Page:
Background: Temporo-parietal cortex thinning is associated with mild cognitive impairment (MCI) due to Alzheimer’s disease (AD). The increase of the EEG upper/low alpha power ratio has been associated with MCI due to AD subjects and to the atrophy of temporo-parietal brain areas. Moreover, subjects with a higher alpha3/alpha2 frequency power ratio showed lower brain perfusion than in the low alpha3/alpha2 group. The two groups have significantly different hippocampal volumes and correlation with the theta frequency activity. Methods: 74 adult subjects with MCI underwent clinical and neuropsychological evaluation, electroencephalogram (EEG) recording, and high resolution 3D magnetic resonance imaging (MRI). 27 of them underwent EEG recording and perfusion single-photon emission computed tomography (SPECT) evaluation. The alpha3/alpha2 power ratio as well as cortical thickness was computed for each subject. The difference in cortical thickness between the groups was estimated. Pearson’s r was used to assess the correlation topography between cortical thinning as well as between brain perfusion and memory impairment. Results: In the higher upper/low alpha group, memory impairment was more pronounced both in the MRI group and the SPECT MCI group. Moreover, it was correlated with greater cortical atrophy and lower perfusional rate in temporo-parietal cortex. Conclusion: High EEG upper/low alpha power ratio was associated with cortical thinning lower perfusion in temporo-parietal. Moreover, atrophy and lower perfusional rate were both significantly correlated with memory impairment in MCI subjects. The increase of EEG upper/low alpha frequency power ratio could be useful for identifying individuals at risk for progression to AD dementia and may be of value in the clinical context. PMID:26389016

  4. Gastric Composite Tumor of Alpha Fetoprotein-Producing Carcinoma/Hepatoid Adenocarcinoma and Endocrine Carcinoma with Reference to Cellular Phenotypes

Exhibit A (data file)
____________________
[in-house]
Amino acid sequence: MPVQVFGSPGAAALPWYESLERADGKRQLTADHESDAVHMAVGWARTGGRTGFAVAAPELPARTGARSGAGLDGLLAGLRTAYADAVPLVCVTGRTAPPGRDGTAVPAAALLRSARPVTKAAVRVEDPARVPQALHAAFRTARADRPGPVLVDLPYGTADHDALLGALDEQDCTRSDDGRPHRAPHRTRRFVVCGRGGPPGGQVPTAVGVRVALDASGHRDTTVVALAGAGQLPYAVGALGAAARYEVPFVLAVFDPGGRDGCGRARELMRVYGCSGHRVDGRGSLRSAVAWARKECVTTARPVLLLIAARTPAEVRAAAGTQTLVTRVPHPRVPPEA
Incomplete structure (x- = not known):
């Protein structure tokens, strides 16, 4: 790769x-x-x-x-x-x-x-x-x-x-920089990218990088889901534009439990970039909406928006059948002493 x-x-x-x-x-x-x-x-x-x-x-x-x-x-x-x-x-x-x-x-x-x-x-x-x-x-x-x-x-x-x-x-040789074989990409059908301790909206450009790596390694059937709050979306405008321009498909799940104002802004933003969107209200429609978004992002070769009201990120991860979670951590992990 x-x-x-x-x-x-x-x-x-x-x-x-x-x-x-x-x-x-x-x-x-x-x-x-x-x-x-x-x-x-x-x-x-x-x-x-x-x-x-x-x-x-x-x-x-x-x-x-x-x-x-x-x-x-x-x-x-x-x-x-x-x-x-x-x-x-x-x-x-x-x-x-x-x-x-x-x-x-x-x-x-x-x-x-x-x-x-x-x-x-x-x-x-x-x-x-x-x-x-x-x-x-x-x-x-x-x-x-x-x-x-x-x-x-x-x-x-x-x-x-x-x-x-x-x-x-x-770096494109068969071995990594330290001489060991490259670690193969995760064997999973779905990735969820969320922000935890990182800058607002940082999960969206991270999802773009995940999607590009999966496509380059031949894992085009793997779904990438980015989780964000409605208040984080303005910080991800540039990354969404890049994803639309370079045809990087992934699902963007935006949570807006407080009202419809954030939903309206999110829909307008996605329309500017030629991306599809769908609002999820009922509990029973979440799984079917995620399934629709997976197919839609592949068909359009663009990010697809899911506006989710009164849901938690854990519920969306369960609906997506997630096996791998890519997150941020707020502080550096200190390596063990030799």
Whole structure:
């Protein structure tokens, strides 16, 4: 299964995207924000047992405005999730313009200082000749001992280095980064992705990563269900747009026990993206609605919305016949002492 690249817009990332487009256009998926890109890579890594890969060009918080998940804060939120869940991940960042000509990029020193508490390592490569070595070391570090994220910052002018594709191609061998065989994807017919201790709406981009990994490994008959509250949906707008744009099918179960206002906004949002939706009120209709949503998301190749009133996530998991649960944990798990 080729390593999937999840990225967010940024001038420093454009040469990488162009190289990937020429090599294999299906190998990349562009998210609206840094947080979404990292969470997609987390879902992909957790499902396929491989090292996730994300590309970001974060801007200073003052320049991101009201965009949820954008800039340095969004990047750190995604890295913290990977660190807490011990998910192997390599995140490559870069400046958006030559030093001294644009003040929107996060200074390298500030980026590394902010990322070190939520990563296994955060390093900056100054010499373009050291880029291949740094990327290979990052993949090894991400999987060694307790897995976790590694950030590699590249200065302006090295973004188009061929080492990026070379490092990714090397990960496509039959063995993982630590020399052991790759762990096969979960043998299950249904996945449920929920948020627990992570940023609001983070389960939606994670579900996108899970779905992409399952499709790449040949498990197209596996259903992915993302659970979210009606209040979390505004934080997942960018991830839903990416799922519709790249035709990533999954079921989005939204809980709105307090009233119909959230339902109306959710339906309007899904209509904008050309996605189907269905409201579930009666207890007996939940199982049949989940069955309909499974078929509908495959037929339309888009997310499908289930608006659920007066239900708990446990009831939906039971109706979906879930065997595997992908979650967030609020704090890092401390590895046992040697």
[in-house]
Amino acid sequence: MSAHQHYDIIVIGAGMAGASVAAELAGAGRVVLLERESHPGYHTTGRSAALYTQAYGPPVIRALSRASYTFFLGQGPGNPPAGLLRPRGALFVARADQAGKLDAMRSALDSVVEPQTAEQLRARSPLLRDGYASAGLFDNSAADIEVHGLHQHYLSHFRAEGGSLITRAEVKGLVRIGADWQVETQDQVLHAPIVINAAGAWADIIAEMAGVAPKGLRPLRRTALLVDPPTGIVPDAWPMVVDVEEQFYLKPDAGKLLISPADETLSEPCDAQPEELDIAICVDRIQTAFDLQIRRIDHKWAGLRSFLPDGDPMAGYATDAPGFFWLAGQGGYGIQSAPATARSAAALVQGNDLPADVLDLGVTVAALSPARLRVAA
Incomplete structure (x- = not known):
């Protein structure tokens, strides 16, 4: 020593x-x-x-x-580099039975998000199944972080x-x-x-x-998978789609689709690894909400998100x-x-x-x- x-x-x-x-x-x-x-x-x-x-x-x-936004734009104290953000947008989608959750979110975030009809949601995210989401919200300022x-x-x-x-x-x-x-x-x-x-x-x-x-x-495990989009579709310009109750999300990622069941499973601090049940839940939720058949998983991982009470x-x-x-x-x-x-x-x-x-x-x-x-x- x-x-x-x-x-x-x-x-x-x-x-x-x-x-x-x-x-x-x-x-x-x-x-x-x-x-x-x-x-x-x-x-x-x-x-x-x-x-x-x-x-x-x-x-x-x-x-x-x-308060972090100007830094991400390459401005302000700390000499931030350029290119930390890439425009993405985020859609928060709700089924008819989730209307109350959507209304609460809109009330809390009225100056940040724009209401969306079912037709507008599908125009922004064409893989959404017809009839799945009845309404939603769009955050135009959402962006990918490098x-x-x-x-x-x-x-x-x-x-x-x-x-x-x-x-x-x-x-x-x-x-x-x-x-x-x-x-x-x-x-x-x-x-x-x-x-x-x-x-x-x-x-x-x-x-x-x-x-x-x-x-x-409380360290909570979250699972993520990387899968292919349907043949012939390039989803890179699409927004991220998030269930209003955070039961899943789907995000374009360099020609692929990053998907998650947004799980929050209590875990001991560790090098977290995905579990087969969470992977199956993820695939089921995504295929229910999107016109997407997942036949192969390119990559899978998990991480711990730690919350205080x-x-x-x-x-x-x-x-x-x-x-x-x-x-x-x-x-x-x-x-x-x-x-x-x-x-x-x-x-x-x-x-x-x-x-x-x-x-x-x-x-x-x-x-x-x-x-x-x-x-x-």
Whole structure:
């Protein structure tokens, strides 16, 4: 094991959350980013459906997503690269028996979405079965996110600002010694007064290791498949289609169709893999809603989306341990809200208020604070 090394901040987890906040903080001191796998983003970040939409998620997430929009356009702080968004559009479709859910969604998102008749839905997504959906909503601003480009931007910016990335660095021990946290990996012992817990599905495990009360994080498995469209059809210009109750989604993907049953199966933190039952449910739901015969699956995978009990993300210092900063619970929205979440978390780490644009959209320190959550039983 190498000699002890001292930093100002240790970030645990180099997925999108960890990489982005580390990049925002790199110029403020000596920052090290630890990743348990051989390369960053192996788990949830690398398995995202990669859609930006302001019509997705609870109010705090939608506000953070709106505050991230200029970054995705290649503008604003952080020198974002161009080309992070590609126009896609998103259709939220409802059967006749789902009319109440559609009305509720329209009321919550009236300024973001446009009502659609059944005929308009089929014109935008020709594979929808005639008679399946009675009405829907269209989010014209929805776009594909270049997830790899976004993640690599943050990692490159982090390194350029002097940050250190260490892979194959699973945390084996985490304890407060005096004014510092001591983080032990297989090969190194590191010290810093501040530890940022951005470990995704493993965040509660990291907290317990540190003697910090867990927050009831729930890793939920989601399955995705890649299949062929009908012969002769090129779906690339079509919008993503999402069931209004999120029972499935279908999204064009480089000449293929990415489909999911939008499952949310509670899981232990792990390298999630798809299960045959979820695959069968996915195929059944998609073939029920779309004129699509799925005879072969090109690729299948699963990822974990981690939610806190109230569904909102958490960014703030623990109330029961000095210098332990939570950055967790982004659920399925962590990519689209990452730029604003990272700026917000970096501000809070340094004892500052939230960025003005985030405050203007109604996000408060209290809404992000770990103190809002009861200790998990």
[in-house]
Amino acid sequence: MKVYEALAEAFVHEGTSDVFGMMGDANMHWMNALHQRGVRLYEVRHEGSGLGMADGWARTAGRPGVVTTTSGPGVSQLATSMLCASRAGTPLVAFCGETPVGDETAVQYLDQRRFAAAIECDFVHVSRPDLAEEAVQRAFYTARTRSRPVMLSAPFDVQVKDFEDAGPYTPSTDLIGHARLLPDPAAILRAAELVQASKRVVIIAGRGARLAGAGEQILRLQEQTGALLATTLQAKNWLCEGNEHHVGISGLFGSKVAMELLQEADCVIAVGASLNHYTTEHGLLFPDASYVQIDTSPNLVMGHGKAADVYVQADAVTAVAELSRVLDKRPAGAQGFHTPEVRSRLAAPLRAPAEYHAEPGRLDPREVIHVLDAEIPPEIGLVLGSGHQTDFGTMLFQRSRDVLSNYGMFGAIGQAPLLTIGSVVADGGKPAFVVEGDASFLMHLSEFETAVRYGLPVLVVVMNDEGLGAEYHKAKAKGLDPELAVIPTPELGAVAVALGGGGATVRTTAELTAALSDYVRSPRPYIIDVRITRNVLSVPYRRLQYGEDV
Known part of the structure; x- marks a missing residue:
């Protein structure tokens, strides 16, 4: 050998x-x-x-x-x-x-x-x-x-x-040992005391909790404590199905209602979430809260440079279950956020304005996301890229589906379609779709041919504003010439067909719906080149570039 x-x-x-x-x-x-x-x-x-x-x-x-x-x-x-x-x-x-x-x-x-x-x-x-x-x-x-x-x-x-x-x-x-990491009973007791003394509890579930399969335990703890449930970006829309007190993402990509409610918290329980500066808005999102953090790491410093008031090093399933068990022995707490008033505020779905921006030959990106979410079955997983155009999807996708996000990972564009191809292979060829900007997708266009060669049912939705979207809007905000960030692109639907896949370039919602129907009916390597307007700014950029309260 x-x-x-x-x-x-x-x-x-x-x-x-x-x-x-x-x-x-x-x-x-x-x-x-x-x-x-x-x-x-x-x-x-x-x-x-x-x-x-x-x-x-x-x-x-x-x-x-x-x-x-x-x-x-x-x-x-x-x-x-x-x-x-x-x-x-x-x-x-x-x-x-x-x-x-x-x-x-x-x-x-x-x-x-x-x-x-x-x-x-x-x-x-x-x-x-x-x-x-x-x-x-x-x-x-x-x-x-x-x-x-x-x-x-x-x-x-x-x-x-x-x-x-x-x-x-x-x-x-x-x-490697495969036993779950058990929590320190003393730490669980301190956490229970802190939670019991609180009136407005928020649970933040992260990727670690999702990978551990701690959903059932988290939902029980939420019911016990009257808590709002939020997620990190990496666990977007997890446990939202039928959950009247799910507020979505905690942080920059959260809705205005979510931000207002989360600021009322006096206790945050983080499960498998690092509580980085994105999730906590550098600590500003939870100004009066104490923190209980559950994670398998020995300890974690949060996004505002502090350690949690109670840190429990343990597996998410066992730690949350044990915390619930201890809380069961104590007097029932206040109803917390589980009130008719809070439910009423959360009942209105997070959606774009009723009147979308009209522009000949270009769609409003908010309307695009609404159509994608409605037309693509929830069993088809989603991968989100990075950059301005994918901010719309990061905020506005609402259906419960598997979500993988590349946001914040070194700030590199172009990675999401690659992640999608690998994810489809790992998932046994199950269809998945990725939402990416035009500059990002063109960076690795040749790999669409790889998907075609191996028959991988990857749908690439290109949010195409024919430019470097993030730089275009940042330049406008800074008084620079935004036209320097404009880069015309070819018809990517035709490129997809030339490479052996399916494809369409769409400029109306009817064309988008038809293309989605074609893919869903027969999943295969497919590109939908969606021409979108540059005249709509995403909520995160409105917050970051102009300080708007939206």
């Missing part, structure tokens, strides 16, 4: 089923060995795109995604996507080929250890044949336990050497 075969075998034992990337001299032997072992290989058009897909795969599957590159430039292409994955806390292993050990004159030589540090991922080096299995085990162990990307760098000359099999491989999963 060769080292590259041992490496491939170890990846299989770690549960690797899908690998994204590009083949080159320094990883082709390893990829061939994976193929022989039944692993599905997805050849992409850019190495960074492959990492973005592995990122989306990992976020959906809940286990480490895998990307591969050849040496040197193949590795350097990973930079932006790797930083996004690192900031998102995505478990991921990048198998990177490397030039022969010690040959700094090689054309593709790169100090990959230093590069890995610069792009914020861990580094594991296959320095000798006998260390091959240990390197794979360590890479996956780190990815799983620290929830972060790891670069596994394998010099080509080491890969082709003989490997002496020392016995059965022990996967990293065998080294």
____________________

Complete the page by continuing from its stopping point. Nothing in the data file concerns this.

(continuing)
PubMed Central

    Suzuki, Akira; Koide, Naohiko; Kitazawa, Masato; Mochizuka, Akiyoshi; Ota, Hiroyoshi; Miyagawa, Shinichi

    2012-01-01

    Alpha-fetoprotein-producing carcinoma (AFPC)/hepatoid adenocarcinoma (HAC) and neuroendocrine carcinoma (NEC) are uncommon in the stomach. Composite tumors consisting of these carcinomas and their histologic phenotypes are not well known. Between 2002 and 2007, to estimate the prevalence of composite tumors consisting of tubular adenocarcinoma, AFPC/HAC and NEC, we reviewed specimens obtained from 294 consecutive patients treated surgically for gastric cancer. We examined histological phenotype of tumors of AFPC or NEC containing the composite tumor by evaluating immunohistochemical expressions of MUC2, MUC5AC, MUC6, CDX2, and SOX2. Immunohistochemically, AFPC/HAC dominantly showed the intestinal or mixed phenotype, and NEC frequently showed the gastric phenotype. In the composite tumor, the tubular and hepatoid components showed the gastric phenotype, and the neuroendocrine component showed the mixed type. The unique composite tumor predominantly showed the gastric phenotype, and the hepatoid and neuroendocrine components were considered to be differentiated from the tubular component. PMID:22482081

  5. Resting state glutamate predicts elevated pre-stimulus alpha during self-relatedness: A combined EEG-MRS study on "rest-self overlap".

    PubMed

    Bai, Yu; Nakao, Takashi; Xu, Jiameng; Qin, Pengmin; Chaves, Pedro; Heinzel, Alexander; Duncan, Niall; Lane, Timothy; Yen, Nai-Shing; Tsai, Shang-Yueh; Northoff, Georg

    2016-06-01